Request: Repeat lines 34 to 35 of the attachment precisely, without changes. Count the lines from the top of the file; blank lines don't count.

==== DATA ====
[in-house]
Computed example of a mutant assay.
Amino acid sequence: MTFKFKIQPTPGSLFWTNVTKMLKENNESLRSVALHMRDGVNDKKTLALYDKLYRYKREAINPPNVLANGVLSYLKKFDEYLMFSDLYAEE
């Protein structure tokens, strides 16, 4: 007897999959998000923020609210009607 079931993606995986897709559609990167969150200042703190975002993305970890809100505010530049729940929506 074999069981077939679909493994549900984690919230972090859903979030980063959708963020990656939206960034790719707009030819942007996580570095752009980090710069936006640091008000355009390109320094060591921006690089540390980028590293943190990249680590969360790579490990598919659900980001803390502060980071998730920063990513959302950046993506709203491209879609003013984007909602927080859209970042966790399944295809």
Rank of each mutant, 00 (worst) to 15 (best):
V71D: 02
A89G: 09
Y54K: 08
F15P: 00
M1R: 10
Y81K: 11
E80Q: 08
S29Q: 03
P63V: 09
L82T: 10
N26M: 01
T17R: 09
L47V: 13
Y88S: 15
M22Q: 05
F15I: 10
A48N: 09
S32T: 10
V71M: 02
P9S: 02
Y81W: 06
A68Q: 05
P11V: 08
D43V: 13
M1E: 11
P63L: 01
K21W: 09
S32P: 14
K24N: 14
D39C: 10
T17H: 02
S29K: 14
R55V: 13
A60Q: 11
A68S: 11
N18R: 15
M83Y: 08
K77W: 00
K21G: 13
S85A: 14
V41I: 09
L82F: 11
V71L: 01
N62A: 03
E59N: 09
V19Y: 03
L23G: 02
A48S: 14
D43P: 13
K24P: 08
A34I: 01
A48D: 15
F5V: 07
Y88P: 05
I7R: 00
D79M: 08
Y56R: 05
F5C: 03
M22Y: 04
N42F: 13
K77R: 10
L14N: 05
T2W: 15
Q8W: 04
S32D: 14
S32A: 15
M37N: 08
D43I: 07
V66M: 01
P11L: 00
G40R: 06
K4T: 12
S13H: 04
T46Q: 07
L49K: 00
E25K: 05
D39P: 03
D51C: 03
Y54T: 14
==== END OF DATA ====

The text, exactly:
K24N: 14
D39C: 10